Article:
October 3, 2008
Voting with Confidence
Voters in past elections have probably had this experience at least once: It’s Election Day, and you’re in the voting booth. You’re prepared to mark your ballot for President, Vice President, U.S. Senator, and Governor – but what about District Court Judge or Soil and Water Conservation District Supervisor? Without any information on the candidates, you may choose not to vote in those races.
Newly registered voters or those who haven’t voted in years may face a different challenge. How can you know if your voter registration information is correct before you go to the polls? How do you know where to go vote?
Check voter information, view your sample ballot anytime, online!
The State Board of Elections is here to help. A new tool on the SBOE web site lets you review your registration information and even view a sample ballot tailored for where you live – all the way down to municipal races and district court judges.
You can print out your sample ballot, identify the Labor 2008 endorsed candidates, research candidates in non-endorsed races, and avoid ballot surprises on Election Day.
The tool also lets you see your voting history, at what address you are registered, and where your polling location is including driving directions and a Google map.
Important dates and deadlines
If you want to vote on Election Day, the last day to register to vote is October 10.
Otherwise, you can register to vote and immediately cast a ballot during the One-Stop Early Voting period, which begins October 16 and runs through November 1.
If you want to register in person during early voting, here’s what you need to know:
To use this process, a citizen must (1) go to a One-Stop Voting Site in the county of residence during the One Stop Absentee (Early) Voting period, (2) fill out a voter registration application, and (3) provide proof of residency by showing the elections official an appropriate form of identification with the citizen’s current name and current address.
Appropriate ID includes a state driver’s license, utility bill, government issued document with name and address, student ID with name and address, a bank statement or bank-issued credit card statement.
See How to Register and Vote at One-Stop Absentee (Early) Voting Sites for more information.
Election Day is Tuesday, November 4, 2008. Polls open at 6:30 am and close at 7:30 pm.
Due to the intense interest in this year’s Presidential election and record new voter registration in North Carolina, expect long lines if you wait to vote on Election Day. One-Stop Early Voting is the best way to cast your ballot at your convenience and avoid the wait.
Download our flyer about things to do before election day, early voting, ballot reminders, and knowing your rights.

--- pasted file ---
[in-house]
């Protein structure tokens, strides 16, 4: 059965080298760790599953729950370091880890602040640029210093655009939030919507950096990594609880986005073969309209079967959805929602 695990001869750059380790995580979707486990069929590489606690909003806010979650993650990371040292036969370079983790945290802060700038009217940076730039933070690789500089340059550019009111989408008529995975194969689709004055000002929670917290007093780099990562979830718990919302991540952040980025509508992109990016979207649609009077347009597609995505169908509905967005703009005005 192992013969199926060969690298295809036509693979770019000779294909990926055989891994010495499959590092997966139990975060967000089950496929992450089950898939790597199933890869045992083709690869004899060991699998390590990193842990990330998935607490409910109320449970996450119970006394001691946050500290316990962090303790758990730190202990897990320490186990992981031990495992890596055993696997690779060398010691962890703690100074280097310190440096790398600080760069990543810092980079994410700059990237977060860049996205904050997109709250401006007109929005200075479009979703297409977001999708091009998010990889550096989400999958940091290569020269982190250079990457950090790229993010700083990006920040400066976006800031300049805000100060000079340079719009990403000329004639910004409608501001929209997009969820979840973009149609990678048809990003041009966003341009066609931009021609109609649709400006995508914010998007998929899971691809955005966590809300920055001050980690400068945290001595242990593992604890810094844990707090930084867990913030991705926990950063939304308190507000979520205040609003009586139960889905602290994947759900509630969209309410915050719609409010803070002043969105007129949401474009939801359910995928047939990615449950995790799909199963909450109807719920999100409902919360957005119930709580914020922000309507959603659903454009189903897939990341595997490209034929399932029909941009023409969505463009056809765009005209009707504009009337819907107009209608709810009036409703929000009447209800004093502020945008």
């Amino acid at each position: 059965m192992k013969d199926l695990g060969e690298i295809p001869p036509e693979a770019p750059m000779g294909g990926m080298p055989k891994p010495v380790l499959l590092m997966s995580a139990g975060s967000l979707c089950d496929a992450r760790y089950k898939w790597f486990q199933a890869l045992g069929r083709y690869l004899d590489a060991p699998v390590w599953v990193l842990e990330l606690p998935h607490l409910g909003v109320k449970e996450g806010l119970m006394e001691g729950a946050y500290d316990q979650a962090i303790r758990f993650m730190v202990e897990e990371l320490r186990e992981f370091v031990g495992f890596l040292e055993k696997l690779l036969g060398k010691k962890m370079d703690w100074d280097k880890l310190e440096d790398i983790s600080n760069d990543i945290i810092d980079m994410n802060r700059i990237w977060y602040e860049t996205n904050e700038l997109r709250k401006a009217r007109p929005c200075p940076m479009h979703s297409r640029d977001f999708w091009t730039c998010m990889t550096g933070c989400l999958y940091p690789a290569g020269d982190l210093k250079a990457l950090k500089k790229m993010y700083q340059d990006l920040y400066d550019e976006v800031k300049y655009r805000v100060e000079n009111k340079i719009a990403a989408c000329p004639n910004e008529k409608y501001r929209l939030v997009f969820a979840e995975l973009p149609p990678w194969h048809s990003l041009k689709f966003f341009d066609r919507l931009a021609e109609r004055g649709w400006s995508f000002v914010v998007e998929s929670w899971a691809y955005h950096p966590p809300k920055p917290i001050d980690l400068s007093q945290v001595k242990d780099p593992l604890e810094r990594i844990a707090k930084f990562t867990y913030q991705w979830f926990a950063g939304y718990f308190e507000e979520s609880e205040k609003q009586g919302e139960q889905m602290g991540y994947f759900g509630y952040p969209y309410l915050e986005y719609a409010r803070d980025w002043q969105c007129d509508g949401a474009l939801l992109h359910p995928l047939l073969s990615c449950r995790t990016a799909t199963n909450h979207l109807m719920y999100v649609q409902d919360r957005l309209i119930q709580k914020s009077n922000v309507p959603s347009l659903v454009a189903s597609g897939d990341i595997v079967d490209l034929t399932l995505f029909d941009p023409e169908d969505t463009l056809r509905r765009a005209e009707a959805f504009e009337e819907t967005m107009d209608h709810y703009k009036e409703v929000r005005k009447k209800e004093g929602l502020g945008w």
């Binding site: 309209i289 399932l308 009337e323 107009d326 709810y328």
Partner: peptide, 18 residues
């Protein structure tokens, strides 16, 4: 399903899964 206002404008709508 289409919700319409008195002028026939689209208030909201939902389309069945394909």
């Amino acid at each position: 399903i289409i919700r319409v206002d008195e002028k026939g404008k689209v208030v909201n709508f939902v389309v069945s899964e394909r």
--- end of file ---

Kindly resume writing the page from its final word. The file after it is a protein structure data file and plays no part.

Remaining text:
After voting for President and Vice President, you can vote for all candidates of one political party [straight ticket] by selecting that party.
You can vote a split ticket by:
- Selecting the party as if you were voting a straight ticket and then selecting any candidate you wish to vote for of a different party; or
- Not marking the party and selecting each candidate, one at a time, in each race you wish to vote for.
Judicial races are non-partisan and are thus excluded from a straight party ticket. They must be voted for separately!
Know your rights
Under the law, voters must receive provisional ballots when their names do not appear on voting rosters when they go to vote. If that happens to you, you have the right to cast a provisional ballot!
Contrary to popular rumor: a voter who is wearing a political cap, T-shirt, or button and does not electioneer within the polling place will be allowed to vote in a normal matter.
From the State Board of Elections:
A voter may enter a voting place to vote wearing political items as long as they proceed to vote in an orderly and timely manner, and do not attempt to electioneer within the voting place. A voter wearing a T-shirt saying “Vote for X” who shouts “vote for X” or places his T-shirt in the sight line of voters asking support for “X” is obviously electioneering and will be asked to refrain from the conduct at once, and if they continue will be removed.
A voter who is wearing a political cap, T-shirt, or button and does not electioneer within the polling place will be allowed to vote in a normal matter.
If you feel like you are mistreated when you vote, you can contact the national Election Protection hotline at 1-866-OUR-VOTE, Democracy North Carolina at 1-888-OUR-VOTE or call the State Board of Elections (1-866-522-4723).